Following the previous article from Hospital Gregorio Marañon (Madrid), “Exercise Oncology: Physical Activity in Young Adults with Cancer“, we would like to highlight again the importance given in the FAITH project to exercising and doing sports during cancer treatment and post-cancer stages.

Exercising and sport activities are part of the multidimensional approach to fight and prevent anxiety and depression in cancer survivors. In fact, exercising and practicing sport can be crucially important factors to prevent these diseases. Also, exercising is regarded to be a highly effective way to prevent conditions related to increased risks of premature death. These include conditions related with diseases such as cardiovascular diseases, obesity, or cancer.

As commented in our previous article, the World Health Organization has estimated that 150 minutes per week of moderate physical activity, or 75 minutes per week of vigorous physical activity, can result in better levels of health and lower risk of chronic disease. Also, regarding cancer, a meta-analysis showed that integration of exercise leads to a 20% risk reduction in oesophageal, liver, lung, kidney, endometrial and gastric cancer. Moreover, a 10-20% risk reduction was also observed in colon, myeloma, head and neck, bladder, and breast cancer.

Sports and well-being: a very likely connection

Some weeks ago, the LifeSTech team from Universidad Politécnica de Madrid (UPM) presented the FAITH project at the Sport4Cancer event in Murcia. The Sport4Cancer project is a large sporting event for people of all ages, co-financed by the European Union. Sports4Cancer conducted more than 100 sport activities for promoting sports practice, especially in people with cancer, with disabilities, and cancer survivors. The event witnessed the participation of several European countries chosen for their cultural, geographical, and climatic diversity.

We have to say that the conference tracks, sport activities and sharing, especially with cancer survivors, was remarkably interesting. Cancer survivors shared how sports increased their psychological resilience and empowerment. Moreover, they confidently stated how sports (coordinated with clinicians, medical check-ups, and lifestyle) helped them to battle against the cancer.

Both cancer patients and survivors commented how, at some point, they felt helpless when faced with challenges of the disease or taking decisions. Indeed, sports and physical activity helped them to better tolerate treatment side effects, alleviate pain, help to strengthen joints and muscles, physical fitness or combat stress and/or anxiety. It was impressive to listen to people who had cancer with solid tumours commenting how exercising during and after treatment increased their strength, boosted aerobic and breathing capacity, or improved their Quality of Life.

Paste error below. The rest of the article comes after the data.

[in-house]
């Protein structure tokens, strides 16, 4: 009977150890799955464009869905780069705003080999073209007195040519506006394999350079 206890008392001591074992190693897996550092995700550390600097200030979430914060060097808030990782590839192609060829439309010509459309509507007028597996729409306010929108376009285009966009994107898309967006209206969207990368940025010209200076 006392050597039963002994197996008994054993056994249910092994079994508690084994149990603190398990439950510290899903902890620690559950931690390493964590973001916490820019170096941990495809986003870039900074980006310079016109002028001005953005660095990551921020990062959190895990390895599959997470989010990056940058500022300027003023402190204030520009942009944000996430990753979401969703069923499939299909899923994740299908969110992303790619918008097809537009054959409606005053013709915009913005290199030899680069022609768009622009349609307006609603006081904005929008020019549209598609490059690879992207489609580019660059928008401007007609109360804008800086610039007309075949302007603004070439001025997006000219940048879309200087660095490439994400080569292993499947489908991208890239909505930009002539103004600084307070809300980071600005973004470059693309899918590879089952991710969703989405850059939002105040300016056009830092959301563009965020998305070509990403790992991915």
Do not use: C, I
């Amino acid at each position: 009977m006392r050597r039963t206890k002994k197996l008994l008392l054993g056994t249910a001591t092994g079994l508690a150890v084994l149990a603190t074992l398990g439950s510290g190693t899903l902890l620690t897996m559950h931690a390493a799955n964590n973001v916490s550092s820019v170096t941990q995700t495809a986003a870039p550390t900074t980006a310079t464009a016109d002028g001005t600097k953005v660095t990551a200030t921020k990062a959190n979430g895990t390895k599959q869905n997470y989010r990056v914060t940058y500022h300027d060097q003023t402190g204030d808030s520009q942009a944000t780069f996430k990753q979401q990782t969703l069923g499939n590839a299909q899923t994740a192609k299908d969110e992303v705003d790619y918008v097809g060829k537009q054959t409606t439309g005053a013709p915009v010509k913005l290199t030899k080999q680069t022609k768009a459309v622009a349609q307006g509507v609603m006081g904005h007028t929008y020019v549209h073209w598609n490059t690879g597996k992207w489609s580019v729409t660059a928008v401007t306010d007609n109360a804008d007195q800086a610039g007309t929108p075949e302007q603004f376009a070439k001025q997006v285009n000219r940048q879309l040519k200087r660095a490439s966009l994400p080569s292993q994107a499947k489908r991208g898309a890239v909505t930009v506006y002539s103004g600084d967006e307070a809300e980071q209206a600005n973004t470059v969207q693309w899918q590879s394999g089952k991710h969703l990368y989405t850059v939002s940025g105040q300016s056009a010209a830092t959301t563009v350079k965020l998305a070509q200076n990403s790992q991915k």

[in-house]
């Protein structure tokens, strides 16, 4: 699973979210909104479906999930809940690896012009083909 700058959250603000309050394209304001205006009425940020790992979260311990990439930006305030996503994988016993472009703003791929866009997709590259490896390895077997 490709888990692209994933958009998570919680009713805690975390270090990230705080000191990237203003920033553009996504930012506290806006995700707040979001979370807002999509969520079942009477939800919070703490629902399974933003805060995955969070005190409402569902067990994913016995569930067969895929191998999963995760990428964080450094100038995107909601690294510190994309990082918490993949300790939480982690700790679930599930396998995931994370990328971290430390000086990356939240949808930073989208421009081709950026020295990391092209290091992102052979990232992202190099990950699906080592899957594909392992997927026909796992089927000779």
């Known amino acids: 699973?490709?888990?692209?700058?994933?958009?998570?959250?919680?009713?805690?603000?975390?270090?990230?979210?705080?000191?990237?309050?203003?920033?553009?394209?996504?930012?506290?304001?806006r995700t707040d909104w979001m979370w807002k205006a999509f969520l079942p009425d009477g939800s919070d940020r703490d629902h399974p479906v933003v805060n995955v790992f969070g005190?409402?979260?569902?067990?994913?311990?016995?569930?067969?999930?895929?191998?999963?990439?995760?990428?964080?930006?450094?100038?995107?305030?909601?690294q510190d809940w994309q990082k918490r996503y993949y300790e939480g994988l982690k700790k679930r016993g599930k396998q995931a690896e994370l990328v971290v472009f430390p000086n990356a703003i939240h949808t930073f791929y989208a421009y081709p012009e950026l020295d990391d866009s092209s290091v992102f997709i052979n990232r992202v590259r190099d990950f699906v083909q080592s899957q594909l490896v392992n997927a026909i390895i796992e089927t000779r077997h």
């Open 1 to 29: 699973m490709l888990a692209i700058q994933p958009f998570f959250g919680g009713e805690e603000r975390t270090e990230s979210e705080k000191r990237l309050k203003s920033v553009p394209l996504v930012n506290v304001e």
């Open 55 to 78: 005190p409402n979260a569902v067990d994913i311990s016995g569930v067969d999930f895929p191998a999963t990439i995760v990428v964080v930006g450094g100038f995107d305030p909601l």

Although for many cancer meant to break from some fitness or sport activities, and treatments affected physical strength, it was great to hear in first person how people found their limits and strength. With help from their families and medical team to build monitored exercise routines and disciplines to re-build their endurance, patients found resilience, physical and emotional strength to move forward and battle cancer.

The Need for more Sports in Cancer Survivorship

Fittingly, the conference tracks targeted many points that we focus on in the FAITH Project. For example, the biopsychological model of Engel (1977), which builds on a biological, social and psychological framework. In fact, this approach pushes for putting together a multidisciplinary team (oncologist, surgeon, radiotherapist, nutritionist, physiotherapist, cancer exercise experts, psychologist, etc)  to support oncological and/or post-oncological stages during the patients’ journey. Moreover, different related projects presented statistics and numbers on cancer survivorship and physical activity. Nonetheless, we could still see that a lot of work and research is necessary in this area. To give a tangible example, according to statistics, still 80% of clinicians are not aware of the benefits of oncologic exercises.

It was a very nice experience to share with congress presenters and participants, especially people with cancer and cancer survivors. Surely, it is very touching to experience patients’ high appreciation for life. Indeed, the best thing witnessed at the Sports4Cancer event was patients seeing sports and exercise as means to become active participants in their cancer and post-cancer care, managing and taking control of the cancer, and not being merely observers of their treatment and recovery process.

Ma. Eugenia (Xenia) Beltran, Laura Lopez and Diego Carvajal of the Universidad Politécnica de Madrid (UPM).